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32. Newman’s Knob-scaled Lizard

Xenosaurus newmanorum

About

This prehistoric-looking lizard is part of an ancient family, Xenosauridae, which diverged from all other living reptiles more than 85 million years ago.

To put this in perspective, our family, Hominidae, split from all other primates less than 20 million years ago!

Xenosaurids are unusual amongst lizards as they are viviparous, giving birth to live young, whereas most lizards lay eggs. Females are ‘pregnant’ for up to 12 months and there is evidence they provide maternal care for their offspring!

A major threat is forest conversion for coffee plantations, which is destroying their natural habitat. This species is also mistaken for the venomous Heloderma lizards, with which it is sympatric, and persecuted by local people.

This species is not known from any protected areas. Further research is required to determine the full range of this species and to understand the impact of habitat conversion on the persistence of the known populations.

  • Order: Squamata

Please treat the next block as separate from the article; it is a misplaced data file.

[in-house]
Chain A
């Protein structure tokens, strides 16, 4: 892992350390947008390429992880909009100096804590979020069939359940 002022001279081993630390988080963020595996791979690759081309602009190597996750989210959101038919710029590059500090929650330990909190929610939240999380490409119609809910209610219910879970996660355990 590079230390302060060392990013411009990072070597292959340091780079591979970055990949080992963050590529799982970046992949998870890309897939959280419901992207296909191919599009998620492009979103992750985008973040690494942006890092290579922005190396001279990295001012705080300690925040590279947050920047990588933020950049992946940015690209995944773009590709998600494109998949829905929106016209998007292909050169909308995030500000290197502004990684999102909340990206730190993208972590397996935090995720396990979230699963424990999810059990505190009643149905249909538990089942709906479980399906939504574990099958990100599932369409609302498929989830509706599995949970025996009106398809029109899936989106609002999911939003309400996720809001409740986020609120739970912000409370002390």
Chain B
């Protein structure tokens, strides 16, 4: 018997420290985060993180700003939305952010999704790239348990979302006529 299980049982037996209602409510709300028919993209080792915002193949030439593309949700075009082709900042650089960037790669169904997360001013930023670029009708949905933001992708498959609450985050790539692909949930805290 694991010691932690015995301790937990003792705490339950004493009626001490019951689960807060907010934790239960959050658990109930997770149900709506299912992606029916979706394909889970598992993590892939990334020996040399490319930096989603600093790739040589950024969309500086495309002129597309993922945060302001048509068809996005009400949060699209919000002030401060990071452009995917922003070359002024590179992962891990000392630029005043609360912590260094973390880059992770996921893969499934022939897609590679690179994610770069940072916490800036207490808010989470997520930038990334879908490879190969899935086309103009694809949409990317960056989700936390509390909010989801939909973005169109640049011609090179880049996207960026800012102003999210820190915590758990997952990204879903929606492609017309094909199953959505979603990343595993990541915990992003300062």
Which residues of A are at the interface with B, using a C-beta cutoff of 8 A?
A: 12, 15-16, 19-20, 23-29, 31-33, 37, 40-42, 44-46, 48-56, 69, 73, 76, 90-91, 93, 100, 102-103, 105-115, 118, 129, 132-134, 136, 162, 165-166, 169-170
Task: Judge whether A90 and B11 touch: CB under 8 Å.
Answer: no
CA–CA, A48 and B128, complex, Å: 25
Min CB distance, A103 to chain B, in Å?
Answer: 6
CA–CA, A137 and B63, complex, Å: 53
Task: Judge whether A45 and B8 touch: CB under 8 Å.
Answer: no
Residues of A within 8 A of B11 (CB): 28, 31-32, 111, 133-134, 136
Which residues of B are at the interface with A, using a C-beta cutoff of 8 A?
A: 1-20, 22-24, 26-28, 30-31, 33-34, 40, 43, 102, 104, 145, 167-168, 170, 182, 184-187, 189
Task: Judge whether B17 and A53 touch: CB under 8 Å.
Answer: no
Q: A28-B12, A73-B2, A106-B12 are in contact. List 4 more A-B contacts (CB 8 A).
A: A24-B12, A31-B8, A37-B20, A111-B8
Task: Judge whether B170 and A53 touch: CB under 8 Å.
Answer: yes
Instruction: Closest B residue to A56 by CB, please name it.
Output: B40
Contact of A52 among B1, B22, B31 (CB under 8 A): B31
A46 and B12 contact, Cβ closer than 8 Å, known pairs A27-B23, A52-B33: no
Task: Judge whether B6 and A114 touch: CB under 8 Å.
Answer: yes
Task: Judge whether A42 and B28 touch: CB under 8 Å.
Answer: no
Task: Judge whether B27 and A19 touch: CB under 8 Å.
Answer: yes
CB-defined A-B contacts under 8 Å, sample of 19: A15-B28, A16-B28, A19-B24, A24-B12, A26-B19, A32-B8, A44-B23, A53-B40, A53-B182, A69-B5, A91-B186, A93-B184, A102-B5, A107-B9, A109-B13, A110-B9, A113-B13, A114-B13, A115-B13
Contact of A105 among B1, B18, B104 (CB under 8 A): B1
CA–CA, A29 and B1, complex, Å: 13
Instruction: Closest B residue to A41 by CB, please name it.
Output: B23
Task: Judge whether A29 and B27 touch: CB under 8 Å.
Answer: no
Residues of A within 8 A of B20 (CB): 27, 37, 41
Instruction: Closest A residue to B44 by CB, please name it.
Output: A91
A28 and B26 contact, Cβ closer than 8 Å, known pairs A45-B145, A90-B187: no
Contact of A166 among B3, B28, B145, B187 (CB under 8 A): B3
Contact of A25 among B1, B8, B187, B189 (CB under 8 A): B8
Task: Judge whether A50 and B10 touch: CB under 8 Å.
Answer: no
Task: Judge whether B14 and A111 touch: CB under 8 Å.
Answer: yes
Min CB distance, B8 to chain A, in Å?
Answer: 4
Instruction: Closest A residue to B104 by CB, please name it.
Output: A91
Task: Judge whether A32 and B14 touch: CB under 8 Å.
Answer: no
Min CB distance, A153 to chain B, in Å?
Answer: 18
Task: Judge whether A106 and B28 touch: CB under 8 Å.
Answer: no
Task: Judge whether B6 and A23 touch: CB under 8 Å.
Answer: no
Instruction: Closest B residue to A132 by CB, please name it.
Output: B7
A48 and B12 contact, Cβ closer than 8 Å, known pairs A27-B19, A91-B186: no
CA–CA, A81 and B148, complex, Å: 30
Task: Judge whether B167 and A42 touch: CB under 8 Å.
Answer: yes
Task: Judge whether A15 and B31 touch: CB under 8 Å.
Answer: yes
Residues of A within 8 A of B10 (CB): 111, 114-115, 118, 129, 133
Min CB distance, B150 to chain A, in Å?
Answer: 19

• Family: Xenosauridae
  • Population: Common
  • Trend: decreasing

EDGE Score

EDGE Score: 5.84 (?)
ED Score: 42.122 (?)
GE / IUCN Red List (?)
Not Evaluated Data Deficient Least Concern Near Threatened Vulnerable Endangered Critically Endangered Extinct in the Wild Extinct

Distribution

This species is found in the area of Xilita in the extreme south-eastern San Luis Potosi State and from La Selva, Mexico, around 1,100-2,000 metres above sea level.

Habitat and Ecology

Individuals are found in rock crevices, within areas of highly eroded karst limestone in closed canopy tropical deciduous and oak forest, pine forest and plantations. Individuals have a relatively small home range and are largely sedentary

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